Wednesday, August 4, 2010

time passages

Early August always brings on the flood of "well, this is the anniversary of the day that I _____________..........", and it all revolves around Mr. L's birth in 2001 and my abrupt, jarring introduction to preeclampsia. Yesterday was the first of many such days to come over the next couple of weeks--the anniversary of the day I went to an outdoor marching band exhibition and was bombarded by veteran Moms telling me to sit down and that I didn't look "well". Gee, just what a preggo lady wants to hear, thanks!

It was my first pregnancy, so how the hell was I supposed to know what it would feel like and what was "normal"? (oh how I hate that word) I kept telling them "I feel fine, really, I'm ok", but would humor them by sitting down in the lovely blue and white striped folding chair because they wouldn't take no for an answer. In 48 hours, I would be in a doctor's office being told that under NO circumstances could I teach school that fall (first day of school was only a day or so away) and that I should now consider myself "on bedrest", effective immediately. 96 hours after that, I was being prepped for a c-section. It all happened so fast, and by now, 9 years later, it's just one big blur in my mind.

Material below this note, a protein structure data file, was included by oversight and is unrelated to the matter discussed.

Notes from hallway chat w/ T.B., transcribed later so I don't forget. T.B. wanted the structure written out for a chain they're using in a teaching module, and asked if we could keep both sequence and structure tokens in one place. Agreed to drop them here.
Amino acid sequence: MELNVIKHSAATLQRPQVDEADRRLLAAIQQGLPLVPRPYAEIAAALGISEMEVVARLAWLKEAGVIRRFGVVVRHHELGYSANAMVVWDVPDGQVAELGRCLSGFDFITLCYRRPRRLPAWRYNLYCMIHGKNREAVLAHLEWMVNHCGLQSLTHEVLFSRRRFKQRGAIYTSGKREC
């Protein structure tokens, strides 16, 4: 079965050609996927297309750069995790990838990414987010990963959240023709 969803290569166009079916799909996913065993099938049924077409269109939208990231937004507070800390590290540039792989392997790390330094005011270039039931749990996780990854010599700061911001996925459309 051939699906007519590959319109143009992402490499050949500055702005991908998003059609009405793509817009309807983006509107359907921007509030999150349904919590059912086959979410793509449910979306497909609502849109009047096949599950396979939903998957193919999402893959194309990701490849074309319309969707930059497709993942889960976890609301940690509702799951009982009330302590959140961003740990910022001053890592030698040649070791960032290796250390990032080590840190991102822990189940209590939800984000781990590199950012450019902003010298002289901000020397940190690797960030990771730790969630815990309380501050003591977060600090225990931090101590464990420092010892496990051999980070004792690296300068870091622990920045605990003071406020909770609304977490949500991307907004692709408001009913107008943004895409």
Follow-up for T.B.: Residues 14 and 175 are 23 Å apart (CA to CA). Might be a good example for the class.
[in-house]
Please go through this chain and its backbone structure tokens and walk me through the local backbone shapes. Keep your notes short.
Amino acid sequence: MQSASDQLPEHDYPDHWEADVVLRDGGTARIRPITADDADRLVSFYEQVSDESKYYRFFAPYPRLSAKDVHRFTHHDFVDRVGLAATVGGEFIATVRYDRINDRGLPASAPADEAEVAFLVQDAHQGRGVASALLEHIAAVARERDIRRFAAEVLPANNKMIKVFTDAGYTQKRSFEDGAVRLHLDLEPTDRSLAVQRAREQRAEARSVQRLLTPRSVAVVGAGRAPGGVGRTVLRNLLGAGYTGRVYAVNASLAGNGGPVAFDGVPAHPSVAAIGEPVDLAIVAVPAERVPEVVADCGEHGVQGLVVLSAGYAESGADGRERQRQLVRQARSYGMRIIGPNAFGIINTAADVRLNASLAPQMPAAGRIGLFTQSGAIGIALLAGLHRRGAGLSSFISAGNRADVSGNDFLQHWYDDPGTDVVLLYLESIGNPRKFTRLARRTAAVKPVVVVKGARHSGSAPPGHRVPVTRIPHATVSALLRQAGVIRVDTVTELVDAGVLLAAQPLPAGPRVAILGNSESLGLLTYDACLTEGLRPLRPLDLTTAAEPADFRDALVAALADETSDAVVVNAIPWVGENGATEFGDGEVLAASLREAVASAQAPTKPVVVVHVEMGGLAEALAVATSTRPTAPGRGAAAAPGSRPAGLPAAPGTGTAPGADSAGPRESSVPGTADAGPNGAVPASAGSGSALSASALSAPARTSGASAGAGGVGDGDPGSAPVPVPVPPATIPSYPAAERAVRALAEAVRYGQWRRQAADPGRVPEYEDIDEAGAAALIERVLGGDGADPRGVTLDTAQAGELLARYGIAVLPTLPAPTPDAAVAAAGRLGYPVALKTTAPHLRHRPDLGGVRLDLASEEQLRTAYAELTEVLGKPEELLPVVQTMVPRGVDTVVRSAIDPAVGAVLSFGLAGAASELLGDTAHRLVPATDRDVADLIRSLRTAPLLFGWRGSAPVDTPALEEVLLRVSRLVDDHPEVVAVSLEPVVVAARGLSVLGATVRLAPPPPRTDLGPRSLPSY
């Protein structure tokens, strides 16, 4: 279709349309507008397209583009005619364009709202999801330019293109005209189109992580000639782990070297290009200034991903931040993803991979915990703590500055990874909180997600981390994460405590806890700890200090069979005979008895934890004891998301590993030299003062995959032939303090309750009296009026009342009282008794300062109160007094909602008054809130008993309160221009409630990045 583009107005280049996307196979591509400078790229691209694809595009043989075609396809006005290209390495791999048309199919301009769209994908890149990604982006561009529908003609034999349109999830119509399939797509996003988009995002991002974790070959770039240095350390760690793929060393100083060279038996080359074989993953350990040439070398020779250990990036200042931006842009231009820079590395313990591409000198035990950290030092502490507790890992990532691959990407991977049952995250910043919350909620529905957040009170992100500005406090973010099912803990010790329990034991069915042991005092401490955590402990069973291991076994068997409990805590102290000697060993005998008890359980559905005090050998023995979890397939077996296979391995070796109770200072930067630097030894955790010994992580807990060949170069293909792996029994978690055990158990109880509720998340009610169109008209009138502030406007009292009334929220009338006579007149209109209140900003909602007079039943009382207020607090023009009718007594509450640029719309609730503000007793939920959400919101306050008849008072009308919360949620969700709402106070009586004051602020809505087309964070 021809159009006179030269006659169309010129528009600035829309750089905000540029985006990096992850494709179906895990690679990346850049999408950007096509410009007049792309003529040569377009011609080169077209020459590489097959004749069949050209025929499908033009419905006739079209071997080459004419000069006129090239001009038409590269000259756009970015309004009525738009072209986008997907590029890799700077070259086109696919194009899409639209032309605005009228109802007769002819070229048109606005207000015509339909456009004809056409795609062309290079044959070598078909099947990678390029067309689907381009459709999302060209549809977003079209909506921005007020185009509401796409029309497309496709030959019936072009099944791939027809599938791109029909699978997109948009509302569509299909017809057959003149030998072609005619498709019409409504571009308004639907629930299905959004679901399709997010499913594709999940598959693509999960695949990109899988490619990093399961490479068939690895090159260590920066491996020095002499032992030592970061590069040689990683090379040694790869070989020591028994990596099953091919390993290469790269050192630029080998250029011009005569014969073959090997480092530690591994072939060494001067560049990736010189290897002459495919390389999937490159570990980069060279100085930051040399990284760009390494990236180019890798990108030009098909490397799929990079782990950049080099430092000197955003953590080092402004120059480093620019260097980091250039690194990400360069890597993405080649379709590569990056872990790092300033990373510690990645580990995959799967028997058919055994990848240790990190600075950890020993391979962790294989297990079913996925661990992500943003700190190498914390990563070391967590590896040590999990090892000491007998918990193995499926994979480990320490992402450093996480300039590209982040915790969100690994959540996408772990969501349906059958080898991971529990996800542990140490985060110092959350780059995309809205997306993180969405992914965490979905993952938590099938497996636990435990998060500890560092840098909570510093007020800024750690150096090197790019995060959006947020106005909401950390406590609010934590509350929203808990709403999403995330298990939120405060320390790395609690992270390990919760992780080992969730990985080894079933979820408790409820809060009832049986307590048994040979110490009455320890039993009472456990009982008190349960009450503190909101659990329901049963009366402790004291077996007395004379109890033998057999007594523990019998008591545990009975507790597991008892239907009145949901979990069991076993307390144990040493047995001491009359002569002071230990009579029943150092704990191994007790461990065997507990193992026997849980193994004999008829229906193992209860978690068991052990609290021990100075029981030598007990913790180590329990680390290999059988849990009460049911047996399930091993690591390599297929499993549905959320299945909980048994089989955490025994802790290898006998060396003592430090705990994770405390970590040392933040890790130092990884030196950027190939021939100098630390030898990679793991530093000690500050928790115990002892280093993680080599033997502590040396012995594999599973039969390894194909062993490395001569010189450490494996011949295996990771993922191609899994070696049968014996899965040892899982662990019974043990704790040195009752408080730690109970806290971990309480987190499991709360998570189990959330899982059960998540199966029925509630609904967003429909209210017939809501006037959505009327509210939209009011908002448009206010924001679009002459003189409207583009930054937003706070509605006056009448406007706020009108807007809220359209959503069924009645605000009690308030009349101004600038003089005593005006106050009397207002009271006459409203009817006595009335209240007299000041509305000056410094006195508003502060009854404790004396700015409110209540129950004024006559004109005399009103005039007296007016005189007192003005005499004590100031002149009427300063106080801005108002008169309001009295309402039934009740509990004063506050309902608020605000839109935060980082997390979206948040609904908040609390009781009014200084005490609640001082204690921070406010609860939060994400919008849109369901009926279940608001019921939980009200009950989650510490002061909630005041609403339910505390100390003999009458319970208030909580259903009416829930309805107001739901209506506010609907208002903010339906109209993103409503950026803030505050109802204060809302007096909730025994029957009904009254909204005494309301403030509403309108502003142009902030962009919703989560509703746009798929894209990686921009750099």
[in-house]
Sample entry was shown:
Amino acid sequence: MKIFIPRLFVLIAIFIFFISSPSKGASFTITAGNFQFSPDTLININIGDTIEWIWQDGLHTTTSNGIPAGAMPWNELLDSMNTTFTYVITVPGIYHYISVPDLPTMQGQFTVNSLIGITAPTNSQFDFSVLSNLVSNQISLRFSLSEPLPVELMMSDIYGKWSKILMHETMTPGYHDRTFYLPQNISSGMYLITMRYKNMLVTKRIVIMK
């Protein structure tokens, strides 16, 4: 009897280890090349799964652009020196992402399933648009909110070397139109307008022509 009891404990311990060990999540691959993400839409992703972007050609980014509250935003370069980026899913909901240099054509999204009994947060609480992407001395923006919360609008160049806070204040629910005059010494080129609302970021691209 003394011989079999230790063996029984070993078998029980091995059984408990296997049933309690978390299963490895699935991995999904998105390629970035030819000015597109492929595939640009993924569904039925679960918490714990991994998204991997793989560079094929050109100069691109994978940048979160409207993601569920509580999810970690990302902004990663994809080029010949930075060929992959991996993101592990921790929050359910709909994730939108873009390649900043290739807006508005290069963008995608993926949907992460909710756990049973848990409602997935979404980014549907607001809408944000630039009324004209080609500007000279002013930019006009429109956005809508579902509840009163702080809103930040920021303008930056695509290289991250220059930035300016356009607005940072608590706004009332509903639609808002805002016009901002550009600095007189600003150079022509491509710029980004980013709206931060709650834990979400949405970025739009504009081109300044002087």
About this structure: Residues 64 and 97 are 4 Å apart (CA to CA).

Ever since that early August of 2001, I have had preeclampsia permanently stamped on my mind, my heart, and my physical body as well, in the form of 2 c-section scars and lingering high blood pressure. Along the way in this journey that I never chose, I have met so many amazing women who are fellow survivors of preeclampsia, and I am forever grateful for their friendship and the knowledge that I am not alone in what I have suffered. You ladies know who you are, and I consider you all my sisters, no matter how far away you may live. I can admit that my memories are fading a bit with time, and that the emotional pain of the preeclampsia experience is not as sharp or as fresh as it once was, thank goodness. However, it's still there, and here's how I know.....the twinge in my heart whenever I hear news of the healthy, safe delivery of a full-term baby by someone I know. I would never, ever wish my experience on anyone, and I don't begrudge other women their easy, happy pregnancies, their "natural" childbirth or their 1-night hospital stays followed by the joyous homecoming of mother and baby. But you'll cut me some slack when I point out that, no matter how happy I truly am for you, it still hurts, and that's the bottom line.

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